MidReal Story

Tooth and Tail: A Magical Collision

Scenario: When ratón Pérez met the tooth
Create my version of this story
When ratón Pérez met the tooth
Once upon a time, in a magical realm beneath children’s pillows, I met the tooth fairy.
We were both there to collect teeth, but we went about it in different ways.
I was ratón Pérez, and I was small and quick with sharp features and a long tail that I used to drag teeth back to my lair.
The tooth fairy was ethereal with shimmering wings that left a trail of glitter wherever she went.
She would sprinkle a bit of fairy dust on the pillow and leave a coin or two behind.
I liked her immediately.
She was gentle and wise, and she smelled like the first snowfall of winter.
We became friends, even though we argued about everything.
I told her that teeth were not just currency to be traded for money; they were memories, and each one had a story to tell.
She said that teeth were gifts from the universe, meant to be shared with the world.
This is a story about the time we both almost lost our minds.
Pérez González was known as the best tooth collector in all of Spain.
Of course, I was the only tooth fairy there, and that made me the best by default.
We met the first time I came across one of his teeth in a child’s bedroom.
It was a small, gnawed-on molar with a tiny crack.
I reached out to pick it up and put it in my bag, and a furious rat jumped out from behind the bed and snatched it away.
“Hey,” I said, “that’s my tooth.”
“Finders keepers, losers weepers,” he said.
“I think that tooth has a story to tell,” I said.
“It’s no concern of yours,” the raton said, which is Spanish for “tooth mouse.” He scurried off into the darkness, leaving me with an empty pillow and a fistful of glitter that I had been in the process of sprinkling in exchange for the tooth.
I was new to this job, and I had no idea what else to do with it, so I just opened my hand and let it slip away on the wind.
“Fine,” I said.
“Keep your secrets.” I decided to leave him a coin anyway, because that’s what I did, but he hadn’t left me any teeth to take in exchange.
“You’re not very good at this,” he said when he saw the coin.
Of course, he was right.
I had no idea what I was doing.
“Why don’t you show me?”
I asked him, and so he did.
The raton had a lair in the cellar of a crumbling old building that had once been a bakery but now stood empty and abandoned.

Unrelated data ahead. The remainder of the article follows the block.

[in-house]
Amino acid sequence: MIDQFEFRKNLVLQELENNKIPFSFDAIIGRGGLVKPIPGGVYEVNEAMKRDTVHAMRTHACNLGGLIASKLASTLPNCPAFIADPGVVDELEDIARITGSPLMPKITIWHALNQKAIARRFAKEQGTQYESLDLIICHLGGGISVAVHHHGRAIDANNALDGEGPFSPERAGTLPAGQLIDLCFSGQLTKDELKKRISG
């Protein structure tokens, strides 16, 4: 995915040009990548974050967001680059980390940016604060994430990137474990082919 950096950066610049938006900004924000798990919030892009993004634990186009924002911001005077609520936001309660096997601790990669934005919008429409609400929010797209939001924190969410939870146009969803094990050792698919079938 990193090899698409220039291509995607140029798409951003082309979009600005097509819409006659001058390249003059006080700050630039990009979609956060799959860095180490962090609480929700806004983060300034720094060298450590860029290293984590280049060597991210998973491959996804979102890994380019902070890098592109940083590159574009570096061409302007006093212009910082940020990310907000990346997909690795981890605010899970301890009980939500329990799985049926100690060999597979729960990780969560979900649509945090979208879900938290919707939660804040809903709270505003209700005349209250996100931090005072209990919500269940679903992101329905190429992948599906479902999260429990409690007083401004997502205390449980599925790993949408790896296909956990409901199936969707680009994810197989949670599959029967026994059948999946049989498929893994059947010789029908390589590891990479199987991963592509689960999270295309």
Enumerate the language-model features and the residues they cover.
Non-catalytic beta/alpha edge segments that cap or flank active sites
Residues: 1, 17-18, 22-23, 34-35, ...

He had collected hundreds of teeth—yellow teeth and white teeth, big teeth and small teeth, crooked teeth and straight teeth—and he kept them piled up in boxes on every shelf and surface like some kind of morbid hoarder.
We went there together so he could show me how he cataloged them all.
He would pick up one of the teeth and hold it up to the light where it would shine like an opal or an emerald.
“What a magnificent tooth,” he would say.
“It is too bad you are going to sell it for money.
You are going to sell it for money, aren’t you?”
“I don’t sell teeth,” he said.
“I keep them.”
“But what do you do with them?”
I asked him.
“I like to look at them,” he said.
“You do not even know whose tooth this is?”
I asked him.
“No,” he said.
“And you are not even going to try to find out?”
“No,” he said.
“I am not going to try to find out.”
“Then why do you care about it so much?”
I asked him.
“Why do you think it is so special?”
He was quiet for a moment, and then he said, “Not everything has to be special, you know.”
On the way out of the building, he asked me where the tooth was that I had found.
“In the little baggie with the rest of the teeth,” I said.
“You are going to keep it there with all the other teeth?”
he asked me.
“You cannot just keep it by itself in a box?”
“No,” I told him.
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“What color was it?”
“White,” he said.
“White like snow.” He looked at me and then looked away.
He was blushing!
And then he looked back and kissed me before running off into the night with his coin clutched in his tiny clawed hand.
It was then that I realized that Pérez González was not only very good at collecting teeth but that he also had a mischievous streak a mile wide and a heart as big as the moon.
Over the years, we continued to be friends despite our differences.
Every time we met, which was about once or twice a year, he would steal a kiss from me and then run away as fast as he could while I stood there feeling flustered and trying in vain to wipe the lipstick off my face.
(Oh yes, little boy who lost a tooth because you wouldn’t stop playing with your mother’s lipstick while she was on the phone: Perez got that one.)
And I would ask if he had collected any interesting teeth lately, and he would tell me about the twins whose teeth he kept together in a special box because they shared the same memories.